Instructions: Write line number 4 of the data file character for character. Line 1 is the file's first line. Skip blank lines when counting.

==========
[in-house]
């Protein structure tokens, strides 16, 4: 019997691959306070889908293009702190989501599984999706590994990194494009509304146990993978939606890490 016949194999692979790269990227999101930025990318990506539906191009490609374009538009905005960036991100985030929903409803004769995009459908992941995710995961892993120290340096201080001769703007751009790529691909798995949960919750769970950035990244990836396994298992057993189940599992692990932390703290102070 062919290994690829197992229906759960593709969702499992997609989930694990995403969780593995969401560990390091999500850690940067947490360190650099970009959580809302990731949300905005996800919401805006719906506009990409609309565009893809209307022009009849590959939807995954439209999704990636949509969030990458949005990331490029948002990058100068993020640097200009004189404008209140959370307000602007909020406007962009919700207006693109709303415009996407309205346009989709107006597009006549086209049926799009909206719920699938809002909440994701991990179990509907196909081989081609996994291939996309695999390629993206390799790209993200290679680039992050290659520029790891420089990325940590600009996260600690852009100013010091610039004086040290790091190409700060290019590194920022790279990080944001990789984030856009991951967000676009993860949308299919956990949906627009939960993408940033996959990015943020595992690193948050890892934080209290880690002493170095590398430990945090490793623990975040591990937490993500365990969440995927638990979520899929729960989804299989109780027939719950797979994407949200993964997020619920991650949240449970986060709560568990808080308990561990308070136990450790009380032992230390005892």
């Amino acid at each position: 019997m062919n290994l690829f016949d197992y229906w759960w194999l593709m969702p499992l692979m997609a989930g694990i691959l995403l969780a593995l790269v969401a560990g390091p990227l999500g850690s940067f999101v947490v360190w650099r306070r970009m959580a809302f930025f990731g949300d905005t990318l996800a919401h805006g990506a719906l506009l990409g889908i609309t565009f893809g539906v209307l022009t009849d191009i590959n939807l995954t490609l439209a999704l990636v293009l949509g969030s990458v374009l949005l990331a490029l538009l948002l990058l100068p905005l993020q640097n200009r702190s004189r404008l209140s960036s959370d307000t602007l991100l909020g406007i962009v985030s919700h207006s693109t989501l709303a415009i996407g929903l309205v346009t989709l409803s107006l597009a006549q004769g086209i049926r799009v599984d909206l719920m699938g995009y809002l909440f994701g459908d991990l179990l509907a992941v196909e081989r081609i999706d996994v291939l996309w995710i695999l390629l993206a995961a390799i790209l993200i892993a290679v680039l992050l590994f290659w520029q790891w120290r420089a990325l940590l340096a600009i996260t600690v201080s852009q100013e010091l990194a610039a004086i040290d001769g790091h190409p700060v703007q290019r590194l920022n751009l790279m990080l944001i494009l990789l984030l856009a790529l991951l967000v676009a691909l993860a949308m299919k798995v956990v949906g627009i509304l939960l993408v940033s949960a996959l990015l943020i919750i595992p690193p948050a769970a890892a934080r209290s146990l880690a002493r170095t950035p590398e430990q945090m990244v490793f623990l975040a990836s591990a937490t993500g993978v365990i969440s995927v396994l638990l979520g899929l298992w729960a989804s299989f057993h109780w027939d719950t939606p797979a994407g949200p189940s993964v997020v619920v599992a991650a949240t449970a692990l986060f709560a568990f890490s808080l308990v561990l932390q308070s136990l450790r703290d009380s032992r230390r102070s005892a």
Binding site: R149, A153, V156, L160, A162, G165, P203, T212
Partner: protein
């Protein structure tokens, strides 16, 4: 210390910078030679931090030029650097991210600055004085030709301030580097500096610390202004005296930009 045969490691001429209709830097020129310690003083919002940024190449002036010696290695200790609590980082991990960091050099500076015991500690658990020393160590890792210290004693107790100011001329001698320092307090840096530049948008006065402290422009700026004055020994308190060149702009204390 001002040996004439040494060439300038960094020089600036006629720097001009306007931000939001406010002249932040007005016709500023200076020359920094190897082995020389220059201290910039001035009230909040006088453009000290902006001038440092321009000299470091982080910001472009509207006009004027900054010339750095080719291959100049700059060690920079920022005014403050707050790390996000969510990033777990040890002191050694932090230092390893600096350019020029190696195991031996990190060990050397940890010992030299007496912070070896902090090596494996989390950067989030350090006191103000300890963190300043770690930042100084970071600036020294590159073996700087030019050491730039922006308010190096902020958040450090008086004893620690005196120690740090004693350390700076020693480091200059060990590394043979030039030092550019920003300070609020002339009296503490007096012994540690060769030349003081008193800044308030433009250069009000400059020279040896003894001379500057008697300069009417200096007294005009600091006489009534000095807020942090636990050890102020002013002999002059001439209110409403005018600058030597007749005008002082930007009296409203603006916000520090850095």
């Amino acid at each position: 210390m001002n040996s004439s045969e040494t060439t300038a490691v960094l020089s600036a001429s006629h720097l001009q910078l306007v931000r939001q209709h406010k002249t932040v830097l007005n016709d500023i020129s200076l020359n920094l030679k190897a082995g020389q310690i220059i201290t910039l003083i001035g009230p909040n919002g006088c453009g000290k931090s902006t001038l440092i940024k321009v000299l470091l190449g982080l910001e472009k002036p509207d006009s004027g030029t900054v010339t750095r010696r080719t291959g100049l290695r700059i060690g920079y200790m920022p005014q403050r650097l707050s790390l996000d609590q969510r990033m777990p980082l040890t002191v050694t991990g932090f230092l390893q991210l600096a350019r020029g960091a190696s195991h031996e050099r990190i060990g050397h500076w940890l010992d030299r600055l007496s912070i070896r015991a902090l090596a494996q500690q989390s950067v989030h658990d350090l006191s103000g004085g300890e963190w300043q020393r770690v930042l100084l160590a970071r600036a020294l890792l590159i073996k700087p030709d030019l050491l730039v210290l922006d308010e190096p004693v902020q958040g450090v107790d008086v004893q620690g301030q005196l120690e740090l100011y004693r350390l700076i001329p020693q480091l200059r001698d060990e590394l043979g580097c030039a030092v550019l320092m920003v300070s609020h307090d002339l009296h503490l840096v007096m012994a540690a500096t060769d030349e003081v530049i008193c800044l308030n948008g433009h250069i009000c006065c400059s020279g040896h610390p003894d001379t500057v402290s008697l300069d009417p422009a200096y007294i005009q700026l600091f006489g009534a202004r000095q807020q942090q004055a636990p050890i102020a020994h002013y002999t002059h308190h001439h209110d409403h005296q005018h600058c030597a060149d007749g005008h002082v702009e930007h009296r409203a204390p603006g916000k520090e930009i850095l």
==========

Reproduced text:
Binding site: R149, A153, V156, L160, A162, G165, P203, T212